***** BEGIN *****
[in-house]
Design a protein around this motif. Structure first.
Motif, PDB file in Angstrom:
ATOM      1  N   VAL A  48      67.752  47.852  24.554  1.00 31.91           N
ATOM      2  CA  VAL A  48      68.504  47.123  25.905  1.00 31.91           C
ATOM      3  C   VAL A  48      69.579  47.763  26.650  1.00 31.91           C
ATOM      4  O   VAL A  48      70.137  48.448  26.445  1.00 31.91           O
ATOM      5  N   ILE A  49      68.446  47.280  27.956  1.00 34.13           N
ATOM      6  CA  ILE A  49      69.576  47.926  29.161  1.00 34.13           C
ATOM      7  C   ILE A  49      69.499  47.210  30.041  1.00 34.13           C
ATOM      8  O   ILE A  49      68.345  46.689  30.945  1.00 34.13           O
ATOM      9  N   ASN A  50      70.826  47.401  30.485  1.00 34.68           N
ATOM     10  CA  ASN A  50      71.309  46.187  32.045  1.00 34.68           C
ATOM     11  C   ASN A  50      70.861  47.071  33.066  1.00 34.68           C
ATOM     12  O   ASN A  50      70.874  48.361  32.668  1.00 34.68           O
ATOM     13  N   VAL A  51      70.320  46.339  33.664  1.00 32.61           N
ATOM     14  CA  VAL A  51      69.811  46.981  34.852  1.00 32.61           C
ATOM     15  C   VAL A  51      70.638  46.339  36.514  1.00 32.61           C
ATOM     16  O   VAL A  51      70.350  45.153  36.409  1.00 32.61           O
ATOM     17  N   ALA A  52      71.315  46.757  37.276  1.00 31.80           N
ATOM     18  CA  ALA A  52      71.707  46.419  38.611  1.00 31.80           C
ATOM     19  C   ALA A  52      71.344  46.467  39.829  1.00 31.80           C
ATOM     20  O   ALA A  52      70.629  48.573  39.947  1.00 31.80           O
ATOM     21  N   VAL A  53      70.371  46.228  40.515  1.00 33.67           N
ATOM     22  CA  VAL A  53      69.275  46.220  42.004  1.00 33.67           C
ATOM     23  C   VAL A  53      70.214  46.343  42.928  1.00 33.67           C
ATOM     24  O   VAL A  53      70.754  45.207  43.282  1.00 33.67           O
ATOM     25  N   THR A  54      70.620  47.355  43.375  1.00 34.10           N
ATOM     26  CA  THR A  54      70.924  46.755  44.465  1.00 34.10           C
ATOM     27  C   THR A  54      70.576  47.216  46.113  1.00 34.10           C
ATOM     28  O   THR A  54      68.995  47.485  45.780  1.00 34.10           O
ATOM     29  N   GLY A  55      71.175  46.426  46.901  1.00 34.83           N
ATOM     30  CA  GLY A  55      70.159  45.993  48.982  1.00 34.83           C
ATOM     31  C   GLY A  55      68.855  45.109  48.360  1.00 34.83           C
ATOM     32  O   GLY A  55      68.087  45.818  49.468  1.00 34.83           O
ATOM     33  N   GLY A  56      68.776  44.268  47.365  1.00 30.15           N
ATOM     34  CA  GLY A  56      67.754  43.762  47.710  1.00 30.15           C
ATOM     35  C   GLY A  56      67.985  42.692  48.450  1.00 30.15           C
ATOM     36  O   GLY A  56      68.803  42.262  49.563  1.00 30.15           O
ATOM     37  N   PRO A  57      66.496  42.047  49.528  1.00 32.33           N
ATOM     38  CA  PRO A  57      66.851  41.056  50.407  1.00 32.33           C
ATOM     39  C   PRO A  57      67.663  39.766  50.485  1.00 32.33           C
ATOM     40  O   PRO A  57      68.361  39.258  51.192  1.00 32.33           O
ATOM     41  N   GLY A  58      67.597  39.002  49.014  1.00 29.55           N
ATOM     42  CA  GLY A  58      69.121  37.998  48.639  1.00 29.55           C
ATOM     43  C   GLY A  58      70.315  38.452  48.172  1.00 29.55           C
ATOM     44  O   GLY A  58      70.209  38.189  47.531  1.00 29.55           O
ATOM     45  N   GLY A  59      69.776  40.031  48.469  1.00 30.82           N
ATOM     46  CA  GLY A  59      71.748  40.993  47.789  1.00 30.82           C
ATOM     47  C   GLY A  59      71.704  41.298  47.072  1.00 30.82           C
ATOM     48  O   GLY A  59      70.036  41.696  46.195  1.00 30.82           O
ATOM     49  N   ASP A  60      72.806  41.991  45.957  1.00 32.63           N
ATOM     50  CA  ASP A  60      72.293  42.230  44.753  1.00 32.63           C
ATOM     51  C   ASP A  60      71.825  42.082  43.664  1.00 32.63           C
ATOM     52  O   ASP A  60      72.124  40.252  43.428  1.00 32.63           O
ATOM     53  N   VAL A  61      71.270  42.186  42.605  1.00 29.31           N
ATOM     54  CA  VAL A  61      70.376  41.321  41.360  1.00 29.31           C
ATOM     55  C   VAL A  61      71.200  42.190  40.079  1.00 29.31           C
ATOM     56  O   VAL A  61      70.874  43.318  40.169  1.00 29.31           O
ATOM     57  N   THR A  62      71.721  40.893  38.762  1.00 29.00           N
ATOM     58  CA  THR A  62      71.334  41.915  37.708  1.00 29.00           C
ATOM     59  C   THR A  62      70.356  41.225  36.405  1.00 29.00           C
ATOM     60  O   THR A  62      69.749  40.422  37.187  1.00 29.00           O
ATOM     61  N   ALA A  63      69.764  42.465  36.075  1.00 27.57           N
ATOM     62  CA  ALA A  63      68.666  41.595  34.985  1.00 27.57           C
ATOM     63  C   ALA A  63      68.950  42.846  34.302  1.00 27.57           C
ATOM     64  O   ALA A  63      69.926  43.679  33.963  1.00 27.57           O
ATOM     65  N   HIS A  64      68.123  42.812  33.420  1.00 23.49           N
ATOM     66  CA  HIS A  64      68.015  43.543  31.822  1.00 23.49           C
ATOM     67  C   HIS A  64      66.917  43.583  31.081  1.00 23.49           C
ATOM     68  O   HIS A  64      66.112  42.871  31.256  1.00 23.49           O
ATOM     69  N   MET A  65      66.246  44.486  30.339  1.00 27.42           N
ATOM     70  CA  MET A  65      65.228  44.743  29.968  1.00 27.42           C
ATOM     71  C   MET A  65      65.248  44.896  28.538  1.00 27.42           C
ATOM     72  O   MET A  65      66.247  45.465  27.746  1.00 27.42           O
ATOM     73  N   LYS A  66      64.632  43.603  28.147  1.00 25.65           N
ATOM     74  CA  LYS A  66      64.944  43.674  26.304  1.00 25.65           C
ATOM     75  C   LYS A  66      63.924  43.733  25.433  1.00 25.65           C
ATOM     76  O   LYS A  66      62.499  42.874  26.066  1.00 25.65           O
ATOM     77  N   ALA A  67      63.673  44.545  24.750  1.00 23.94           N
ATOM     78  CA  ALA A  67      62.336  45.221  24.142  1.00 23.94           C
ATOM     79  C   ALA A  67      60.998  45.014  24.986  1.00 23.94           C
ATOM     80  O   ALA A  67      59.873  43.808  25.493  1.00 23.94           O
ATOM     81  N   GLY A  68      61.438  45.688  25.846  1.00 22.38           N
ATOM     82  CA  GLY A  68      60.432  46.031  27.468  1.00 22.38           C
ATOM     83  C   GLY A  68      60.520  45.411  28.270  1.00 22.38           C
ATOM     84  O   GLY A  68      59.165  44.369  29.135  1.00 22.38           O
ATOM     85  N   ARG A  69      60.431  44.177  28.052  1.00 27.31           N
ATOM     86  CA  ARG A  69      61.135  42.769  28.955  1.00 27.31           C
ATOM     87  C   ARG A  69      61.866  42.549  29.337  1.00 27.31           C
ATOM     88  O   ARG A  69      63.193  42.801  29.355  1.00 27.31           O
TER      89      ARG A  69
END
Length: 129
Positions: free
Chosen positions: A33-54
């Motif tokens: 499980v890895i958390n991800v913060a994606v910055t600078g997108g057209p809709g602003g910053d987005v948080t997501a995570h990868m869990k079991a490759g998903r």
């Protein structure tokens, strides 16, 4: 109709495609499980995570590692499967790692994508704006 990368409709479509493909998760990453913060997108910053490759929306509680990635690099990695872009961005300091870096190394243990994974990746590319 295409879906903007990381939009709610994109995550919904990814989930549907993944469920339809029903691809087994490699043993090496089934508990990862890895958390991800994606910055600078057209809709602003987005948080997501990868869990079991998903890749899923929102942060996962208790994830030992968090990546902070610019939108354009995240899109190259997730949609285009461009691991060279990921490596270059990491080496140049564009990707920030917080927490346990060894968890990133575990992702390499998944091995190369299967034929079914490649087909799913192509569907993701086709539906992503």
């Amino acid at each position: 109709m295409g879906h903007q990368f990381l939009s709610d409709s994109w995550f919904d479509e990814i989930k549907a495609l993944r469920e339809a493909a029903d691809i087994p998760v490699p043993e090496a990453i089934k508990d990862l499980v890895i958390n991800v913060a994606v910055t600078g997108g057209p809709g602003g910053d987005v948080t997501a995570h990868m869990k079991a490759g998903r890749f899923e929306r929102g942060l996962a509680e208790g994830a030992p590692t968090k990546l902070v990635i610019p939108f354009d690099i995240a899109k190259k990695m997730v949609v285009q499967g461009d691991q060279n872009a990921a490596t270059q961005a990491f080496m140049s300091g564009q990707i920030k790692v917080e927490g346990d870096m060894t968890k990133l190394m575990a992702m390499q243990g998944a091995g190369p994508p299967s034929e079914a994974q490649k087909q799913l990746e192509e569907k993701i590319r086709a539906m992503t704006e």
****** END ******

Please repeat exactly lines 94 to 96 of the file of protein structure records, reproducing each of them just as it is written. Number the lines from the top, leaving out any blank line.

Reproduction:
Length: 129
Positions: free
Chosen positions: A33-54